Two teenagers on opposite sides of the world reveal how they’ve made a stand against inequality in sport.
Below is an extract from 13-year-old Aussie surfer Olive Bowers in a letter written to the editor of surfer’s bible Tracks magazine.
“I clicked on your web page titled ‘Girls’ hoping I might find some women surfers and what they were up to, but it entered into pages and pages of semi-naked, non-surfing girls… I urge you to give much more coverage to the exciting women surfers out there, not just scantily clad women (who may be great on the waves, but we’ll never know).”
An extract from a letter written to Jo Gunston, publisher of Sports Liberated, when she was editor of a previous women’s sport magazine, from 14-year-old English footballer, Ruth Fox.
“Just from reading the quote on the first page, ‘We’re hoping that one day soon when someone says, ‘You play like a girl’, the response will be, ‘Thank you’,’ is a perfect way of summing up our hopes for women’s sport. I have had people, many times, make fun of me for playing football or saying ‘don’t be such a girl’ or ‘girls can’t play football’.”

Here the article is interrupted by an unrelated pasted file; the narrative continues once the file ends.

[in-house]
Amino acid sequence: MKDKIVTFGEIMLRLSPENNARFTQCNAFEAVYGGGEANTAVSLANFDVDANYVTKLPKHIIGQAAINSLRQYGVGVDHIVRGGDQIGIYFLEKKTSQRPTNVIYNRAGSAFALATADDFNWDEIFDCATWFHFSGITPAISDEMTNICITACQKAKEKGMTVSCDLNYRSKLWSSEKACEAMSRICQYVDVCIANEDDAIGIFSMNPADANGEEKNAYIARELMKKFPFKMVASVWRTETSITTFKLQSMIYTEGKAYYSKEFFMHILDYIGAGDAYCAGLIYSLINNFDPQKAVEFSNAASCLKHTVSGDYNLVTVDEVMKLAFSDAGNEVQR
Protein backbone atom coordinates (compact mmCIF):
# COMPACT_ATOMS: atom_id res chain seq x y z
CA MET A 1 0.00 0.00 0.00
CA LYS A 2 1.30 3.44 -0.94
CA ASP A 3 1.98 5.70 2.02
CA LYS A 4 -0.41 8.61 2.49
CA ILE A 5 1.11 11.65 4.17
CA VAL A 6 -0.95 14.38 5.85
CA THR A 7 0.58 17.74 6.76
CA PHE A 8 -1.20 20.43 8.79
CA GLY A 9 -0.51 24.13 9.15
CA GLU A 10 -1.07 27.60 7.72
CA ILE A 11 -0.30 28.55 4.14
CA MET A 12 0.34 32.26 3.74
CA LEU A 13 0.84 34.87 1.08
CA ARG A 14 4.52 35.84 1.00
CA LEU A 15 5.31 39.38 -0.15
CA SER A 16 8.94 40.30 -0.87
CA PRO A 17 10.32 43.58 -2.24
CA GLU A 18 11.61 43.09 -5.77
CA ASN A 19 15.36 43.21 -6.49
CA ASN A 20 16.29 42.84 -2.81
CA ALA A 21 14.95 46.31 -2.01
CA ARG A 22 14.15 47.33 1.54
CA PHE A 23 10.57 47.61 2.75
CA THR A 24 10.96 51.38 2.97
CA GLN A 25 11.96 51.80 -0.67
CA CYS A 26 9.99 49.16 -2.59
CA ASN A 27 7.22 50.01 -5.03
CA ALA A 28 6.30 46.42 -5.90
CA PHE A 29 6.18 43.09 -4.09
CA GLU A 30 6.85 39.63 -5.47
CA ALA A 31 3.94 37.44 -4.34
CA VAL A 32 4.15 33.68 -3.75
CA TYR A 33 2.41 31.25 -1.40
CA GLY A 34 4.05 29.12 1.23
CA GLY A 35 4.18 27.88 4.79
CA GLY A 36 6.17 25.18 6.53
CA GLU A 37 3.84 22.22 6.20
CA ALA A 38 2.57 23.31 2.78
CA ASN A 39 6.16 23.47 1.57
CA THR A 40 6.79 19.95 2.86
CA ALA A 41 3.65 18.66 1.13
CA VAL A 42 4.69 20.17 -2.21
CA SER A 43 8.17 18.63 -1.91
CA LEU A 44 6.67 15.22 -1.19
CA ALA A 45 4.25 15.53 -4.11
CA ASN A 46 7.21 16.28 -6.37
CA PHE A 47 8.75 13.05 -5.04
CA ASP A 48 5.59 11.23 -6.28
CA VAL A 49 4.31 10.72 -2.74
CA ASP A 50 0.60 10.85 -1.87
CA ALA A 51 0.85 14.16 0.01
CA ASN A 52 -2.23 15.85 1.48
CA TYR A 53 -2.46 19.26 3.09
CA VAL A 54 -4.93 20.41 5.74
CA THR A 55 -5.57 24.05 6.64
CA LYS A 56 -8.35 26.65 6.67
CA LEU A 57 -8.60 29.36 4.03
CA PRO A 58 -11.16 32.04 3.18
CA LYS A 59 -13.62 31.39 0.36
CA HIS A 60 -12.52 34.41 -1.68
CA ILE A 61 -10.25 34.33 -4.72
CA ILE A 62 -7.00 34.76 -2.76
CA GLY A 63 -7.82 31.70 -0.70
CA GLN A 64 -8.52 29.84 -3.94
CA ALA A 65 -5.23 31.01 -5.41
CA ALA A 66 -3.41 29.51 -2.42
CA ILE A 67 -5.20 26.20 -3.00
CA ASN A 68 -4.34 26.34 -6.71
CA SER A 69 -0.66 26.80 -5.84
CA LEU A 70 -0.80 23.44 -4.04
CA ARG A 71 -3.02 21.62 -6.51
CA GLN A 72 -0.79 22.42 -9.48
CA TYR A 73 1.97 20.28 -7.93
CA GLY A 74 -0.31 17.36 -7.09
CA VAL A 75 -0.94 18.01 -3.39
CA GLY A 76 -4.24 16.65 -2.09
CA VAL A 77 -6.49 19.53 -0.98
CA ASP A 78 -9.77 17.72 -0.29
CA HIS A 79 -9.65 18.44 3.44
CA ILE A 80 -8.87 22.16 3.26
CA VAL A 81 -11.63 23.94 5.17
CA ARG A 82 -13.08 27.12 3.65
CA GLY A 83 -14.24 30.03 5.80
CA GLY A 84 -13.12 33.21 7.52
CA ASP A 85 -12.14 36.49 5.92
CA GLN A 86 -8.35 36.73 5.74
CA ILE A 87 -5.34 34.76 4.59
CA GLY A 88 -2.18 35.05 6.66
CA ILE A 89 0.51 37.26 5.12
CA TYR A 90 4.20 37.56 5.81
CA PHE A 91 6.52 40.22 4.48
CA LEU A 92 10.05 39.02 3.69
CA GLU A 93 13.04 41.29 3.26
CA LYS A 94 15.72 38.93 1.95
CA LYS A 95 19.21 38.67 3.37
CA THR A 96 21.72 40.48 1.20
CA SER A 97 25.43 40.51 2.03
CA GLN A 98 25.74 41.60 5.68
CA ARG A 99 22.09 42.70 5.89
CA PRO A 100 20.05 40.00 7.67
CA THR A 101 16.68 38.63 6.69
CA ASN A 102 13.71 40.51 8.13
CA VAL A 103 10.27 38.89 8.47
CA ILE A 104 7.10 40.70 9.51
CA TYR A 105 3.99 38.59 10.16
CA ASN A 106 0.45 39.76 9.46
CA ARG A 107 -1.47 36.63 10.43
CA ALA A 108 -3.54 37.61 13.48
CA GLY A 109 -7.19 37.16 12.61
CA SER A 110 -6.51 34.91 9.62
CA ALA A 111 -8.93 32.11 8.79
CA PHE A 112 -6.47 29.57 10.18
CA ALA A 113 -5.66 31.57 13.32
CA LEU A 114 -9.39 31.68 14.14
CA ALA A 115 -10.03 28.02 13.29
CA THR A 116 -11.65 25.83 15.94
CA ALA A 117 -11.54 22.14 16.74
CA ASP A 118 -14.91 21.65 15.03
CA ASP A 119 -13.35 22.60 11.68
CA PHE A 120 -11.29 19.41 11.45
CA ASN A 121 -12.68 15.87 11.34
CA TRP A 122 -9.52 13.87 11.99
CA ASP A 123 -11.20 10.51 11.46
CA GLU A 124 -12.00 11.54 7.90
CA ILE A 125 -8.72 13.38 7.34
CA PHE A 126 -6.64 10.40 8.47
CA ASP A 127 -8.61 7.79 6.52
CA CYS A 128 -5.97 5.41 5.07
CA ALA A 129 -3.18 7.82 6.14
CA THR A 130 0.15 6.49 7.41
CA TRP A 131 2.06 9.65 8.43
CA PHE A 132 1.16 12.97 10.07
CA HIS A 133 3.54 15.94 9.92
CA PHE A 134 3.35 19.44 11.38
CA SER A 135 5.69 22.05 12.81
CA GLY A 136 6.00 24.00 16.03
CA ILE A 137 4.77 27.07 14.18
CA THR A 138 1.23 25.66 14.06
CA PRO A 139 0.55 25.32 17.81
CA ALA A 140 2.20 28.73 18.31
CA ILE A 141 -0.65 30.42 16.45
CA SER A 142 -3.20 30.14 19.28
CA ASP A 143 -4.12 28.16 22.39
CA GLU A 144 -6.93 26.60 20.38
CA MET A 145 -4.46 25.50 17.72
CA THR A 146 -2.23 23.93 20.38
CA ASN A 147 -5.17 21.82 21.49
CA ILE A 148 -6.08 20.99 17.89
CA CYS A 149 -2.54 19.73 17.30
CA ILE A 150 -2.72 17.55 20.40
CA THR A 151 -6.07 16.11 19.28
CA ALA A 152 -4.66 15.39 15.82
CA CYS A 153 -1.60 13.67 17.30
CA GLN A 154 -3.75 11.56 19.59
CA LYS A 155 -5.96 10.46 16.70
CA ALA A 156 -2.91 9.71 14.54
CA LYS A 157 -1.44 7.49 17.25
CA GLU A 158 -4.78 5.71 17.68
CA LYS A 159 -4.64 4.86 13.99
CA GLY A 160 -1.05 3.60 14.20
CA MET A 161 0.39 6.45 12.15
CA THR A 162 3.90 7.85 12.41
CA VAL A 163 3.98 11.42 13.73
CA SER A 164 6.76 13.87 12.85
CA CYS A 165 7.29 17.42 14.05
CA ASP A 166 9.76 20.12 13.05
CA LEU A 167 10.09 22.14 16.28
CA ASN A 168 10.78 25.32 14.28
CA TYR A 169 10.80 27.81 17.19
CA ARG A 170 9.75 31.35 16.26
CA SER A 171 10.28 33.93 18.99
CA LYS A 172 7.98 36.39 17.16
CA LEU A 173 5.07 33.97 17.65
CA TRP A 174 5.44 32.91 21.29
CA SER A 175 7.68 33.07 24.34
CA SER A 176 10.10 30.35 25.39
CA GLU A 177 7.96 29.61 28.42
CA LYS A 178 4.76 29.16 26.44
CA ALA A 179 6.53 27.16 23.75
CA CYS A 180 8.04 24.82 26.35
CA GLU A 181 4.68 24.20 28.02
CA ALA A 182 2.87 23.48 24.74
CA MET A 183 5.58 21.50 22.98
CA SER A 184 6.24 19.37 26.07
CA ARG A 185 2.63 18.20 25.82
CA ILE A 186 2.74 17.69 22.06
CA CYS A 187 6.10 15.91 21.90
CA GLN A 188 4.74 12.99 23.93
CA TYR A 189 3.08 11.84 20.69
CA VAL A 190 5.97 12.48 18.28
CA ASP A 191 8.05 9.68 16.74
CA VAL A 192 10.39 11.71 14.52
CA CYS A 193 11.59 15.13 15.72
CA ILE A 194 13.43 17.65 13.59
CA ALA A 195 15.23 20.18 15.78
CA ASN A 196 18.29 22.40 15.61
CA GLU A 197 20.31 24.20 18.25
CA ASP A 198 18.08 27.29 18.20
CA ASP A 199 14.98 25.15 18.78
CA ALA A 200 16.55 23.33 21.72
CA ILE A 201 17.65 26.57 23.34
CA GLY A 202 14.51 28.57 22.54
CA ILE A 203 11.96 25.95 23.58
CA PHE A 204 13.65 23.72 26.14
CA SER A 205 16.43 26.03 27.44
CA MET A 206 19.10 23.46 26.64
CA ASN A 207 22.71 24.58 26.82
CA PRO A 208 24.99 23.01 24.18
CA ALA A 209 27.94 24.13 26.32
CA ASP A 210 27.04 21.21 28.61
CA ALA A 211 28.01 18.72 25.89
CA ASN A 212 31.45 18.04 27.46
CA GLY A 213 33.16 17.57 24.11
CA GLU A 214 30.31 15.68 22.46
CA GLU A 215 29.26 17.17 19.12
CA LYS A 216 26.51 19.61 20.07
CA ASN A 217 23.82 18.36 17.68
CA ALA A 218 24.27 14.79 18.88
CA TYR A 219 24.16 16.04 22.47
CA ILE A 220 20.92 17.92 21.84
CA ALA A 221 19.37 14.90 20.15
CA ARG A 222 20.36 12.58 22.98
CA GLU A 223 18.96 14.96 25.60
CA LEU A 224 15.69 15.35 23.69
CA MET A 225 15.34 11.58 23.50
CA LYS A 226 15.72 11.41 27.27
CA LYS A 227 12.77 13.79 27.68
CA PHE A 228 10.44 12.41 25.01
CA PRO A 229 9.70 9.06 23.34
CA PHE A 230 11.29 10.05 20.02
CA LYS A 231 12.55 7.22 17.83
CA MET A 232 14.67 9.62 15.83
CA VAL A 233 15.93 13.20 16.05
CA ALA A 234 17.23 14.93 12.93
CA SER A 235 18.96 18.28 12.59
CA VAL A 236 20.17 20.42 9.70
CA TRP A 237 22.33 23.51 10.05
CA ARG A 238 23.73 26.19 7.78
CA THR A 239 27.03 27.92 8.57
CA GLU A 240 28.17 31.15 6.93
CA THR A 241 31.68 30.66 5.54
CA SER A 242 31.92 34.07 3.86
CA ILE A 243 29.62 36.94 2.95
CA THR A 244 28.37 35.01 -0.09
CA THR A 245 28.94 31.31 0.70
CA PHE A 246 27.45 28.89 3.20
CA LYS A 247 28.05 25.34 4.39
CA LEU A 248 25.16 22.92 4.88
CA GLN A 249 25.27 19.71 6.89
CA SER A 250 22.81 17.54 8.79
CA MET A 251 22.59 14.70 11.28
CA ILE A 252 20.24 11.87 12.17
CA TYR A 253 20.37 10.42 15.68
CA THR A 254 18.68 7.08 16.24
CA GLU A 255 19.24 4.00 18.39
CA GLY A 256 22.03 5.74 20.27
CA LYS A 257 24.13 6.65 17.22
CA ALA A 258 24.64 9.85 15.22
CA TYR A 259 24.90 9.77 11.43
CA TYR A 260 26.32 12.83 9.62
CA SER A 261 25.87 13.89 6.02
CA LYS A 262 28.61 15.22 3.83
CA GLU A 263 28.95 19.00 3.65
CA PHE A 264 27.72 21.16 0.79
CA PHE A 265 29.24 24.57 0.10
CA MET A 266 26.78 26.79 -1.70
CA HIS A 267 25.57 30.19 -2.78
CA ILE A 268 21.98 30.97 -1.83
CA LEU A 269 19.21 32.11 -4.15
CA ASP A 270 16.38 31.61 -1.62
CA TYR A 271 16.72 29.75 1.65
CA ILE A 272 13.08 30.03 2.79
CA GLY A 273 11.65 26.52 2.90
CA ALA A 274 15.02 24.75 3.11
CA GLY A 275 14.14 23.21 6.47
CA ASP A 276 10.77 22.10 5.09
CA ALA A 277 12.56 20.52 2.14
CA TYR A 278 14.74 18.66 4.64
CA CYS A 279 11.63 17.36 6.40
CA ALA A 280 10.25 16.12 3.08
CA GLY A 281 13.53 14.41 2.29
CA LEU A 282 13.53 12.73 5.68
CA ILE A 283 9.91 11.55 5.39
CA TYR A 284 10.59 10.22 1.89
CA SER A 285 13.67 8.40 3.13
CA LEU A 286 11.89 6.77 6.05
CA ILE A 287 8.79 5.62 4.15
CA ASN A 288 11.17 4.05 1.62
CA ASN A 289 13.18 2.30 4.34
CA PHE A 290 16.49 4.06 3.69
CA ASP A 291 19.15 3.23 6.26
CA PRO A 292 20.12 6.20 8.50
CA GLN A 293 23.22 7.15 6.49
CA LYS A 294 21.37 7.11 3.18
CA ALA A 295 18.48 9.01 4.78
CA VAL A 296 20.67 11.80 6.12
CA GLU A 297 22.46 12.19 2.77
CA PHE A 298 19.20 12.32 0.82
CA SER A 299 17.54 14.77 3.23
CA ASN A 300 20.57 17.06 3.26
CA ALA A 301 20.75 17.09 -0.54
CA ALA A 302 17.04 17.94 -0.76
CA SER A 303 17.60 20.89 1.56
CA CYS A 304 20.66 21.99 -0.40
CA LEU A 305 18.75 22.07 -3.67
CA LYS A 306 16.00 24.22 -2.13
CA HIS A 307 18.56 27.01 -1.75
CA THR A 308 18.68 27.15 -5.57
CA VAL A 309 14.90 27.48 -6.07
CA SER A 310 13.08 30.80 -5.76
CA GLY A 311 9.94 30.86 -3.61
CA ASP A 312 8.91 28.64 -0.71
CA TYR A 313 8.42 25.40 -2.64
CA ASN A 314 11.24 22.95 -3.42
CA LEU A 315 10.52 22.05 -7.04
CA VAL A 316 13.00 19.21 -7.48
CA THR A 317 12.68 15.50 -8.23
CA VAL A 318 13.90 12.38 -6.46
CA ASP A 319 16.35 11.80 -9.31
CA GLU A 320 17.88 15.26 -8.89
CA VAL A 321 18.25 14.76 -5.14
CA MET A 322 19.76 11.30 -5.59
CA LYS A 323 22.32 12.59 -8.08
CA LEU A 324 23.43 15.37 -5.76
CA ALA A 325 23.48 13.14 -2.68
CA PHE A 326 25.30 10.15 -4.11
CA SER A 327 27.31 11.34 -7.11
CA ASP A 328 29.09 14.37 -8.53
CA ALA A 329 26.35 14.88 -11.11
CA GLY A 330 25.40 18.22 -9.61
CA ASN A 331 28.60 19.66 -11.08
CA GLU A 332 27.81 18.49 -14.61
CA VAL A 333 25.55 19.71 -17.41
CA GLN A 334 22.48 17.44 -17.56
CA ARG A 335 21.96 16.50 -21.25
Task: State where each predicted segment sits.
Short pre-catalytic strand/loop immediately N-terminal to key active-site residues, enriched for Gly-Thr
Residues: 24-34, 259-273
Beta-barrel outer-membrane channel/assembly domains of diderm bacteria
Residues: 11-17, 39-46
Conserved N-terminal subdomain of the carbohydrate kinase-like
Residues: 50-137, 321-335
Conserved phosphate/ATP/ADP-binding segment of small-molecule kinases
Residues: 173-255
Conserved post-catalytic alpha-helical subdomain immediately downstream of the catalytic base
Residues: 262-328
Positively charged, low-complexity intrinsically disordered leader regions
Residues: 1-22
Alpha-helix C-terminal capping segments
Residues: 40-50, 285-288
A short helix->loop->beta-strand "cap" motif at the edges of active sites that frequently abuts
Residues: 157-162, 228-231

What’s even better than these two voicing their opinions is that they know the power they can wield too. Olive signed off her letter with, “My posse of female surfers and I are going to spread the word and refuse to purchase or promote Tracks magazine”. Yeah!
Ruth, meanwhile, on realising her new school didn’t have a football team, enlisted the help of a teacher and set up the school’s first ever girls team, which she is proud to captain.
Knowing their worth and having the confidence to speak out, isn’t this the sort of self-confidence gleaned from participation in sport, the very reason why we need to hear more about the stories of women and girls in sport?
By Jo Gunston